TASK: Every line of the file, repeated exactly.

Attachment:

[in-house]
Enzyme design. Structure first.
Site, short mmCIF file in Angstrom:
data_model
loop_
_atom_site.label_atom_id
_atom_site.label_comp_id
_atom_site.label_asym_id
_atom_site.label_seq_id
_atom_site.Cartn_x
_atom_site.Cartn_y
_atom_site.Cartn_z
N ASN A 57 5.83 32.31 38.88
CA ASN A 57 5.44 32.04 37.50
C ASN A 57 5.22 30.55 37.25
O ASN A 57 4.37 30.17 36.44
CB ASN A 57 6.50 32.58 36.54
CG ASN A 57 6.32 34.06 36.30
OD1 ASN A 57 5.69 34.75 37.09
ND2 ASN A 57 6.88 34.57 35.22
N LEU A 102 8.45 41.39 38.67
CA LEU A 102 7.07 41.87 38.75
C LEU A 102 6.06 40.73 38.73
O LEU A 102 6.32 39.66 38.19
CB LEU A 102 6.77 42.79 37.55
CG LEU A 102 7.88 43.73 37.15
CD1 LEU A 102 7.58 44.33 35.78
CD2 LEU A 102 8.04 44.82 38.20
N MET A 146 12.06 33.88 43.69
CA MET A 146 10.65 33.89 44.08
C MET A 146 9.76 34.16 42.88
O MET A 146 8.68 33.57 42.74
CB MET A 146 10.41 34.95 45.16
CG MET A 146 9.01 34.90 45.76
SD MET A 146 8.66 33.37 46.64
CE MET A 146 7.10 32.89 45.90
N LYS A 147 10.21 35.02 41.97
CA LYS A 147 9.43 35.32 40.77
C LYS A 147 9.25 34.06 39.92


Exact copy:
[in-house]
Enzyme design. Structure first.
Site, short mmCIF file in Angstrom:
data_model
loop_
_atom_site.label_atom_id
_atom_site.label_comp_id
_atom_site.label_asym_id
_atom_site.label_seq_id
_atom_site.Cartn_x
_atom_site.Cartn_y
_atom_site.Cartn_z
N ASN A 57 5.83 32.31 38.88
CA ASN A 57 5.44 32.04 37.50
C ASN A 57 5.22 30.55 37.25
O ASN A 57 4.37 30.17 36.44
CB ASN A 57 6.50 32.58 36.54
CG ASN A 57 6.32 34.06 36.30
OD1 ASN A 57 5.69 34.75 37.09
ND2 ASN A 57 6.88 34.57 35.22
N LEU A 102 8.45 41.39 38.67
CA LEU A 102 7.07 41.87 38.75
C LEU A 102 6.06 40.73 38.73
O LEU A 102 6.32 39.66 38.19
CB LEU A 102 6.77 42.79 37.55
CG LEU A 102 7.88 43.73 37.15
CD1 LEU A 102 7.58 44.33 35.78
CD2 LEU A 102 8.04 44.82 38.20
N MET A 146 12.06 33.88 43.69
CA MET A 146 10.65 33.89 44.08
C MET A 146 9.76 34.16 42.88
O MET A 146 8.68 33.57 42.74
CB MET A 146 10.41 34.95 45.16
CG MET A 146 9.01 34.90 45.76
SD MET A 146 8.66 33.37 46.64
CE MET A 146 7.10 32.89 45.90
N LYS A 147 10.21 35.02 41.97
CA LYS A 147 9.43 35.32 40.77
C LYS A 147 9.25 34.06 39.92